UIC forming Army Research Center of Excellence
Professor Santanu Chaudhuri of UIC civil, materials, and environmental engineering and Argonne National Laboratory is part of a team launching EXtreme EnErgy Density, or EXEED, a U.S. Army Research Office-funded center dedicated to multidisciplinary, collaborative research on the discovery, characterization, and synthesis of next-generation energetic materials.
EXEED seek to create high-energy density materials from molecules subjected to extreme conditions such as high pressure. The center also will train scientists and engineers for the U.S. Department of Defense in the field of energetic materials. Chaudhuri and his Accelerated Materials Research Laboratory will develop the predictive model for the safety and performance of these materials.
Chaudhuri’s group already works with the Air Force Office of Scientific Research and the Department of Energy’s National Nuclear Security Administration laboratories on atomic and mesoscale simulations of matter under extreme conditions.
Chaudhuri will work closely with EXEED Director Russell J. Hemley, a professor of physics and chemistry at UIC and distinguished chair in the natural sciences. Hemley is an expert in extreme compression of matter where novel chemistry and bond formation happens. The two researchers will track new phase high-nitrogen, high-energy density energetic materials alongside Ksenija Glusac, associate professor of chemistry, and Tom Driver, professor of chemistry, who are experts in fast spectroscopy and photochemistry, synthetic organic chemistry, and large-scale simulations.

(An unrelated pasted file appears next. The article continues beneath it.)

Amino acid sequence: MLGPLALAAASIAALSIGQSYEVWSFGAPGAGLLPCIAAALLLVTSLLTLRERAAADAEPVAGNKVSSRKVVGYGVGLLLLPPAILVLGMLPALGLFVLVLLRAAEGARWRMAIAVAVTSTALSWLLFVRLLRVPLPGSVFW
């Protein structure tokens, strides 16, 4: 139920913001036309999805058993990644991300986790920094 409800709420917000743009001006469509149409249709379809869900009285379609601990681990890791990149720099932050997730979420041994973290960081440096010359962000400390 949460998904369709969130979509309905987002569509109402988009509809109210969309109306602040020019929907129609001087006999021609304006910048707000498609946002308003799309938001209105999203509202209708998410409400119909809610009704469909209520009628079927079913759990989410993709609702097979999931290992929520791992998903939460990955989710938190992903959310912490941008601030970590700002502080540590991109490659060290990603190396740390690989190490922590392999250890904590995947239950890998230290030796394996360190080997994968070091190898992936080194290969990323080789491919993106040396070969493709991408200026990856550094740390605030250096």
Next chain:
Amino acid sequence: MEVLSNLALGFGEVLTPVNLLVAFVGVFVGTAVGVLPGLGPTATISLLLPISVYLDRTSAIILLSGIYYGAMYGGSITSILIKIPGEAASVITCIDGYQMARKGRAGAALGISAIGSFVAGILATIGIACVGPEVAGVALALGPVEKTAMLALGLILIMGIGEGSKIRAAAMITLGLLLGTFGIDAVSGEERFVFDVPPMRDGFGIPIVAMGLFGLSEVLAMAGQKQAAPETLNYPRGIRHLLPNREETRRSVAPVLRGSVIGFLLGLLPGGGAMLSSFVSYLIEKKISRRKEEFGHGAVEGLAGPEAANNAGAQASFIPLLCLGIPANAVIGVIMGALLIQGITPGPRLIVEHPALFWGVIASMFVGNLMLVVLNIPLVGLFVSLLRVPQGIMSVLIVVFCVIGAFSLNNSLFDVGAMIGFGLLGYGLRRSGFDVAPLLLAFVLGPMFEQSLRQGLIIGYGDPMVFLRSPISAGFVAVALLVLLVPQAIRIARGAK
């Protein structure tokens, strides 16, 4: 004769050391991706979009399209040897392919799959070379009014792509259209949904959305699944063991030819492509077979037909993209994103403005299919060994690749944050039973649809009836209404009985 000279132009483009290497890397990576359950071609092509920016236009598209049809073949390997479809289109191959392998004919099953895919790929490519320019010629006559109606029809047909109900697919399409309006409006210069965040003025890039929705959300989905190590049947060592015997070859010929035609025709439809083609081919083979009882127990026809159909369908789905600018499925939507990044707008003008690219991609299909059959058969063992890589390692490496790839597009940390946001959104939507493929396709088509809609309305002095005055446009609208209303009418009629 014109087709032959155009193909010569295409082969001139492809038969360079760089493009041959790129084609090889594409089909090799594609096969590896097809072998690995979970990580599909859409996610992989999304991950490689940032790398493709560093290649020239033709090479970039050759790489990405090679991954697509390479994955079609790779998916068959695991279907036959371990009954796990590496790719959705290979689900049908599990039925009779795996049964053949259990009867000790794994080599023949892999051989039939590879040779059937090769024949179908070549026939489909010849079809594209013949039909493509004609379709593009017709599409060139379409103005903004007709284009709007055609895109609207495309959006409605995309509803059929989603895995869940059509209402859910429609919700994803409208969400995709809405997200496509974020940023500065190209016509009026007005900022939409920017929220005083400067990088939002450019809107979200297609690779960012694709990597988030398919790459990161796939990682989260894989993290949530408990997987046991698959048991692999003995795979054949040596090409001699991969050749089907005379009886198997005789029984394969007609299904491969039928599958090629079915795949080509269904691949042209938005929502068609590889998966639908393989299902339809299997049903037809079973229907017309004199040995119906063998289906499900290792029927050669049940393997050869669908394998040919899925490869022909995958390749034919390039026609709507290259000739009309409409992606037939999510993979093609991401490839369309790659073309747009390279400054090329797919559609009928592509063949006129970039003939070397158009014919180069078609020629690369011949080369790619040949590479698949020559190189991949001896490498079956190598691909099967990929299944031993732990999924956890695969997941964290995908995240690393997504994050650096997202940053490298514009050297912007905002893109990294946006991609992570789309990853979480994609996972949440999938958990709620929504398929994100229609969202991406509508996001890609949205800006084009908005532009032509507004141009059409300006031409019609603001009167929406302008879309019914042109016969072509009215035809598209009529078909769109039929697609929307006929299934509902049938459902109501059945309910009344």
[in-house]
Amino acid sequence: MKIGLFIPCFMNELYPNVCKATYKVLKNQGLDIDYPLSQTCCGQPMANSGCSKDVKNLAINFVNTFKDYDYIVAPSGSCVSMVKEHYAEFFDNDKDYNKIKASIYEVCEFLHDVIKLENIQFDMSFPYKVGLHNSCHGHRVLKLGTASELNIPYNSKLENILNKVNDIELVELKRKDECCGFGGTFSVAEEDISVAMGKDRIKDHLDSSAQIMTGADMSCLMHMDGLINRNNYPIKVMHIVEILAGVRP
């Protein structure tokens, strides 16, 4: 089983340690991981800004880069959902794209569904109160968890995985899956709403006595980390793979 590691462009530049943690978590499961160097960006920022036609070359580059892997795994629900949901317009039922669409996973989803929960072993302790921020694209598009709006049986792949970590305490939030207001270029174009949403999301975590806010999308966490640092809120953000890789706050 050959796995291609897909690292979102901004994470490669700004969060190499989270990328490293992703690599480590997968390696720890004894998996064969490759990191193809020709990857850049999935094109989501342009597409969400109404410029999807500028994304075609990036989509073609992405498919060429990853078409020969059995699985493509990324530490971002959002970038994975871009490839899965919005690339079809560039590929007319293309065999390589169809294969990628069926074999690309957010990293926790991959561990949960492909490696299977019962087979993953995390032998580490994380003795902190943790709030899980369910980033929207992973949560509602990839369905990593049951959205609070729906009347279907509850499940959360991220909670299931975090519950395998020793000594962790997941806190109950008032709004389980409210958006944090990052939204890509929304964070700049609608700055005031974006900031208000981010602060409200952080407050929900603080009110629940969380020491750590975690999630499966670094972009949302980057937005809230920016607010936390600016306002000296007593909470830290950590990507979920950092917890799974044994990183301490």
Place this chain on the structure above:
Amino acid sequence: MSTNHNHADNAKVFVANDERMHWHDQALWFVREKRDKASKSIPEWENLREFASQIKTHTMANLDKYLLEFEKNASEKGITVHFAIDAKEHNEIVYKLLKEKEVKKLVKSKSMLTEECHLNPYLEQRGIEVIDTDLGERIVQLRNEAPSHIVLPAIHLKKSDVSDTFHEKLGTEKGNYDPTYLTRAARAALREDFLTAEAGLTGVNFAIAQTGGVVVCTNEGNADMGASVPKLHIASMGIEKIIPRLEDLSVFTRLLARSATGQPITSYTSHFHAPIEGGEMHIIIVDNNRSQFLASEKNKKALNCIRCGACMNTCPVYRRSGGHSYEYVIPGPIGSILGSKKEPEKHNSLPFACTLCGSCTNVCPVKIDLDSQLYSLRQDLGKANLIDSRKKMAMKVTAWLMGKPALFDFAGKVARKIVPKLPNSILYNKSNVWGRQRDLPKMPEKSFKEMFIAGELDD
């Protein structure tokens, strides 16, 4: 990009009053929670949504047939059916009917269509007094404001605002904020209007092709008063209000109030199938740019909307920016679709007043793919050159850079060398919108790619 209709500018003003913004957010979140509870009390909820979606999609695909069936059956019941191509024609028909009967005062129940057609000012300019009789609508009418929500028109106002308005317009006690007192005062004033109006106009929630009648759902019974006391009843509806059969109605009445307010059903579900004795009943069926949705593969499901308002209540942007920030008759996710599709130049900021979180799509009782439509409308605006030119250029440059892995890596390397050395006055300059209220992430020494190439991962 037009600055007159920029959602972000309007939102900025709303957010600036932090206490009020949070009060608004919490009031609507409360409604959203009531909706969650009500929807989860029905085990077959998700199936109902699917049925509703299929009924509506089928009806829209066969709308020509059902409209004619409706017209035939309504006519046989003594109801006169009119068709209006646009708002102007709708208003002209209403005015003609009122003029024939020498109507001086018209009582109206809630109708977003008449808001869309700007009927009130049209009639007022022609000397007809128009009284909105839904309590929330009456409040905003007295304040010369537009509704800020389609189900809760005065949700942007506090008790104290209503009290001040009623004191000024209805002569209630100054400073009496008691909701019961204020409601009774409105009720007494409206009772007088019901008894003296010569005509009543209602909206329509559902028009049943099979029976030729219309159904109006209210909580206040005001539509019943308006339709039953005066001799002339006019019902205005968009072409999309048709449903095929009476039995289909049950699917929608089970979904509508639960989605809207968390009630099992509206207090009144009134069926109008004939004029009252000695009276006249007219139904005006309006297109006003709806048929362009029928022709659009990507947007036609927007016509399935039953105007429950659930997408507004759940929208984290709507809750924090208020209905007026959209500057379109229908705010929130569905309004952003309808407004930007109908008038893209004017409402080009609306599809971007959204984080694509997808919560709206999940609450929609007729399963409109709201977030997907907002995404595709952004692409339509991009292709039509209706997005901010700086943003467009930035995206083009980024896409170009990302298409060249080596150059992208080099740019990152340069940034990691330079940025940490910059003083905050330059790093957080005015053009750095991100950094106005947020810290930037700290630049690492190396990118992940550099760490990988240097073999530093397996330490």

Students will participate in the center’s work, too. They will participate in experiments, perform modeling using Department of Defense supercomputers, and report on the fundamental science of matter under extreme conditions and how the ensuing chemistry leads to new phases of matter. They also will interact with researchers from the Army Research Lab and teams at the other affiliated labs.
The research center is funded by a $2.25 million five-year grant that aims to expand and diversify the U.S. Army’s research base through partnerships with historically Black colleges and universities and minority-serving institutions.